Scientists have developed a class of very bulky ligands that can be used instead of traditional N-heterocyclic carbene ligands in various transition metal-catalysed reactions. 

ItBu and ItOct

ItOct ligands are higher homologues of ItBu ligands

N-alkyl N-heterocyclic carbenes (NHCs) are cyclic carbene compounds typically containing two nitrogen atoms. Compared to other carbenes, NHCs are stabilised both electronically through orbital overlap and sterically through the presence of bulky groups on the nitrogen atoms. They can form strong bonds with metals, leading to stable complexes that catalyse a wide range of reactions. One of the most useful NHC ligands is 1,3-di-tert­-butylimidazol-2-ylidene (ItBu), which has tert-butyl groups on each nitrogen atom. Changing the tert-butyl groups to tert-octyl groups would significantly increase the steric volume, and therefore the stability, provided by these side groups.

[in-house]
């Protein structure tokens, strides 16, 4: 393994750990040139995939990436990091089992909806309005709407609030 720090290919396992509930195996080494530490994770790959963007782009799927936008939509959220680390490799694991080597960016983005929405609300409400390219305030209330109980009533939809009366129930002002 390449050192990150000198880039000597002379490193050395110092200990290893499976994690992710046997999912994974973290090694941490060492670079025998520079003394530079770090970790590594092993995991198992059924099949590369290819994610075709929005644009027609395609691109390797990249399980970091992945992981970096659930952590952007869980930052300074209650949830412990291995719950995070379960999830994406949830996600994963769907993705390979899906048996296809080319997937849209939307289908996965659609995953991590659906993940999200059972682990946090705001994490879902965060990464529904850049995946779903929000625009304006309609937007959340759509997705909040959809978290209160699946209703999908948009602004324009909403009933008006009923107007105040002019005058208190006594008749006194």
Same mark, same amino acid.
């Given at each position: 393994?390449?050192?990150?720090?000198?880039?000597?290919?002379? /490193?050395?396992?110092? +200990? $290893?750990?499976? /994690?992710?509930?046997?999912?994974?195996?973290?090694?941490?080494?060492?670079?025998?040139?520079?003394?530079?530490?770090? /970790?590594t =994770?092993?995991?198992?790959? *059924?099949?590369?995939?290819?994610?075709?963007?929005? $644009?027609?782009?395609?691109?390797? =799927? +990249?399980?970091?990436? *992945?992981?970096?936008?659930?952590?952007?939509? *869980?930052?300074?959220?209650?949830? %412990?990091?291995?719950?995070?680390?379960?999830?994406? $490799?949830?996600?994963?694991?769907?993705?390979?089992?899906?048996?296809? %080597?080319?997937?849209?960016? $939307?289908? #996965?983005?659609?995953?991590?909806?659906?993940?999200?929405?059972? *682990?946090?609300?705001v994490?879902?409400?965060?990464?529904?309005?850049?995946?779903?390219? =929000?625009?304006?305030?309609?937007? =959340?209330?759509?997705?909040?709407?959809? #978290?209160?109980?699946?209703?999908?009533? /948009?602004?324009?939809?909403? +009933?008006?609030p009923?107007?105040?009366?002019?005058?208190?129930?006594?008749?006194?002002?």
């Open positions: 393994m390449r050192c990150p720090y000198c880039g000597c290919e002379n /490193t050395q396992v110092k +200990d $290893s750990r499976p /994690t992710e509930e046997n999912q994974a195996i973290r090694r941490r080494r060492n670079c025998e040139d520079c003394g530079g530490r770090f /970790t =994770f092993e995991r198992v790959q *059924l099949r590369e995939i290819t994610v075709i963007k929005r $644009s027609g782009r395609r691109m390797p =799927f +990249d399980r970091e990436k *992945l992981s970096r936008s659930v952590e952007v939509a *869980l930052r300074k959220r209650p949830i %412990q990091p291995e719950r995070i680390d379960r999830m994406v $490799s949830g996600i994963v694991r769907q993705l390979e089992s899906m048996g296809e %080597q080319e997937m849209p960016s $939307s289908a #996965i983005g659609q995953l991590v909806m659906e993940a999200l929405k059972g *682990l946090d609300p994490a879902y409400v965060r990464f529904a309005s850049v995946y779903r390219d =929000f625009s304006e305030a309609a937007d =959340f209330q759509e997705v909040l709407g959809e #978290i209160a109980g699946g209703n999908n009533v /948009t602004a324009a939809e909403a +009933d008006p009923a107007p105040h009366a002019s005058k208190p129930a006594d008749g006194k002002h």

That’s exactly what a team, led by Michal Szostak of Rutgers University in the US, has done. The tert-octyl ligands (ItOct) they have synthesised have the same strong σ-donating and π-accepting abilities as ItBu but much bulkier tert-octyl side chains. ItOct has the highest steric volume of N-alkyl N-heterocyclic carbenes reported to date. They are also relatively straightforward to make, using readily-available tert-octylamine as the starting material. Condensing tert-octylamine with glyoxal then cyclising the diimine gave the desired ItOct as the hydrochloride salt.


Source: © Michal Szostak/Rutgers University

ItOct can be prepared from tert-octylamine

Szostak’s team formed catalytic complexes by combining the new ligands with transitional metal ions, which they tested in a range of reactions to demonstrate the benefits of these bulky side chains. The [ItOct–M] complexes out-performed the equivalent [ItBu–M] complexes in reactions including Au(I)-catalysed hydration and Pd(0)-catalysed C–C coupling. The ligands are now commercially available and the research team is continuing to investigate their ability to stabilise reactive metal centres.